Lords EU exit regulations: 9 April
10 April 2019
On Tuesday 9 April, the House of Lords examined three statutory instruments preparing for Brexit.
A statutory instrument (SI), a type of secondary legislation, is a law created under powers given by an Act of Parliament. It is used to fill in the details of Acts (primary legislation).
The proposed SIs make changes to laws on:
1. Breaches of personal data in electronic communications
2. Food additives, flavourings, enzymes and extraction solvents
3. Discrimination against customers on the basis of their nationality or location.
- Catch up on Parliament TV from 3pm
- Read the Lords Hansard transcript
- Statutory instruments tracker (beta)
- What is a statutory instrument?
- Statutory instruments procedure in the House of Lords
The Brexit SIs under examination on Tuesday 9 April were all made under the EU (Withdrawal) Act 2018 and are changes to the law to be made in the event of the UK leaving the EU without a withdrawal agreement.
All these SIs are made under the draft affirmative procedure, meaning they need to be approved by both Houses of Parliament before they can be made (signed into law) and brought into effect as law. Draft affirmative SIs can be stopped if either House votes against the government's motion calling for the SI to be approved.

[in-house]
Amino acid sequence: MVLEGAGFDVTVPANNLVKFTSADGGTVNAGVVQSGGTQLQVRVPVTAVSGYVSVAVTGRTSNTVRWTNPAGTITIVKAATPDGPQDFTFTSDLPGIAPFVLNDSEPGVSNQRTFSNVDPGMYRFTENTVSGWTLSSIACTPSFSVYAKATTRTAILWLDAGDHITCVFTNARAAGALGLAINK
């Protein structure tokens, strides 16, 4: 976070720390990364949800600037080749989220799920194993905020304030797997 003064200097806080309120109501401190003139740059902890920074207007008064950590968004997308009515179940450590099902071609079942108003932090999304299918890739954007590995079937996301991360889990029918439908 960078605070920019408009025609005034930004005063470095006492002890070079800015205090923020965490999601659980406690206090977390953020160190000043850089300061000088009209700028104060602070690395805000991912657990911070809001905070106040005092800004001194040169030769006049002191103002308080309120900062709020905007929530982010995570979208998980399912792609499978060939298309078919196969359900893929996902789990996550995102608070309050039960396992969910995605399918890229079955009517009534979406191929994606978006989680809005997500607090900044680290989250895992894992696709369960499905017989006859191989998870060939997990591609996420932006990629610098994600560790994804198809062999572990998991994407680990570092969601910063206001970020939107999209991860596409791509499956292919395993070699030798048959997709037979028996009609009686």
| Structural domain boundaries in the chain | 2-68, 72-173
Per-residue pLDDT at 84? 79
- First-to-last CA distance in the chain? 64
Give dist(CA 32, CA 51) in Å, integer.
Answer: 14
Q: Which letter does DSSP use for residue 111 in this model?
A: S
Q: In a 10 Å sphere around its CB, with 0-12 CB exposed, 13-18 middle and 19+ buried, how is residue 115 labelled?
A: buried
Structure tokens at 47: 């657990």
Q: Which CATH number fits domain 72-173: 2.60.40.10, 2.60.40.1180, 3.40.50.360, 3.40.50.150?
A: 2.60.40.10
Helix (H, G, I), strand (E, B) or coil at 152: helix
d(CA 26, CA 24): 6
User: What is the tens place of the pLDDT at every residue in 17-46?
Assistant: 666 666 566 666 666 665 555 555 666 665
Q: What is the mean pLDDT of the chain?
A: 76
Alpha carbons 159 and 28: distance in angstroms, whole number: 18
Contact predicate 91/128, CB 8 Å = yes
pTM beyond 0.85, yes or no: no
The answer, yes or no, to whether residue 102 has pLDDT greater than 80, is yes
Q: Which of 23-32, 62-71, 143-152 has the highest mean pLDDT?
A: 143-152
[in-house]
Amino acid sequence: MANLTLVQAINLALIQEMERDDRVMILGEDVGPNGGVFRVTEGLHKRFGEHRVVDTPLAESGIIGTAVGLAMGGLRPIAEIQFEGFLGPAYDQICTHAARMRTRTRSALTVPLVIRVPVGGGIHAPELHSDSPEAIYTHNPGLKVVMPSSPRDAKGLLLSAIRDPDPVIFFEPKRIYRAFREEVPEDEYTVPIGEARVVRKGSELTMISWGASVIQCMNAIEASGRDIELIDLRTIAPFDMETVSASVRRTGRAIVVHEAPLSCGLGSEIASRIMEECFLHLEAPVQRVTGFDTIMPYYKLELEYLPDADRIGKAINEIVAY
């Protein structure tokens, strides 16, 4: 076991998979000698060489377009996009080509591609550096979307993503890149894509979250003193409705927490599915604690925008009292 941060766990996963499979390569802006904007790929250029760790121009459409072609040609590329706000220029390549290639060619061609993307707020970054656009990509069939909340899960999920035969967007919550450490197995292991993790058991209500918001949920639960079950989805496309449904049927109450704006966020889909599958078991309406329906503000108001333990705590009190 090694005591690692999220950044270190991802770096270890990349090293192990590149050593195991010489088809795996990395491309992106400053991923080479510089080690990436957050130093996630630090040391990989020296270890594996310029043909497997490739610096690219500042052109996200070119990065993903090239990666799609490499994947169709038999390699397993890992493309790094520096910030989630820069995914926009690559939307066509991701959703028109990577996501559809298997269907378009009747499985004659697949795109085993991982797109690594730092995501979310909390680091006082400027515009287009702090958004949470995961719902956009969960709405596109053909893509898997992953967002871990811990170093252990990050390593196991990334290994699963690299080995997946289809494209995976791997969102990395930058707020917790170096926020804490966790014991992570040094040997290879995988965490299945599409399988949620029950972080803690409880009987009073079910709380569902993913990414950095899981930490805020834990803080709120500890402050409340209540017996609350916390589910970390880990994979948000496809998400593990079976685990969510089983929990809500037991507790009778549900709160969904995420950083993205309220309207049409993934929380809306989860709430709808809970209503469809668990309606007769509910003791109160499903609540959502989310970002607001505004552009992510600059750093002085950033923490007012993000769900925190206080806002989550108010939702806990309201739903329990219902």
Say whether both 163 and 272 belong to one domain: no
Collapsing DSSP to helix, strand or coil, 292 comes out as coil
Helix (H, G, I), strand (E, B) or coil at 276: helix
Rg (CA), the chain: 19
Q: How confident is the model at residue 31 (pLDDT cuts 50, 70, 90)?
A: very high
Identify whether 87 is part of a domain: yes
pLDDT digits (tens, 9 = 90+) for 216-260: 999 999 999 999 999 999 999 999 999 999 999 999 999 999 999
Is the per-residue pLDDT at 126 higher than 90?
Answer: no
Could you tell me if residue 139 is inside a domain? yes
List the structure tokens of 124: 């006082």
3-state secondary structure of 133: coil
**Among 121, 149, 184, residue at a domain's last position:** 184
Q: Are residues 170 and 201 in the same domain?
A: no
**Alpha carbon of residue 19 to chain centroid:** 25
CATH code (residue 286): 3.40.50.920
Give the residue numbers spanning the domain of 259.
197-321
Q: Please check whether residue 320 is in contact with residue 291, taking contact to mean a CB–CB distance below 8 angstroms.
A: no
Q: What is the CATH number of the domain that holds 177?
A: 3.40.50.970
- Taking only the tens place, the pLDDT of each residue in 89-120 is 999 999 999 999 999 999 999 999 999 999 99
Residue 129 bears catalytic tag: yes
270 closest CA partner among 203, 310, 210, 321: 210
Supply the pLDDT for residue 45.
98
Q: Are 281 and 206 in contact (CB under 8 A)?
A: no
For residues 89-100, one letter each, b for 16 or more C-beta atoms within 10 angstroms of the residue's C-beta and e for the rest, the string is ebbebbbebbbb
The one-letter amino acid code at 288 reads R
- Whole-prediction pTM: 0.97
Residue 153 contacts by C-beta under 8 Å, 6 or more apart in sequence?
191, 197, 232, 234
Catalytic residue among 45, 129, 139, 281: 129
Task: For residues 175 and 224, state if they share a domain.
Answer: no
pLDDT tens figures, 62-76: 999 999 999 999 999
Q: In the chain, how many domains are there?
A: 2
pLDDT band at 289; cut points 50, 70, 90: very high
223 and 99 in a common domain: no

Following the debates on the floor of the House, all three SIs under consideration were approved.
The House of Lords Secondary Legislation Scrutiny Committee (SLSC) examines every SI, including all EU Exit SIs. It publishes reports drawing members' attention to SIs.
SLSC (Sub-Committee B) reported on the regulations making changes to laws on discrimination against customers on the basis of their nationality or location.
- Attend debates in the chamber
- Follow @ukhouseoflords on Twitter
- Like House of Lords on Facebook
- Watch House of Lords videos on YouTube
- View House of Lords photos on Flickr
- Connect with Lords on the Lords Digital Chamber
Image: Creative Commons
- Agriculture, animals, food and rural affairs
- Crime, civil law, justice and rights
- Culture, media and sport
- Parliament, government and politics
- Science and technology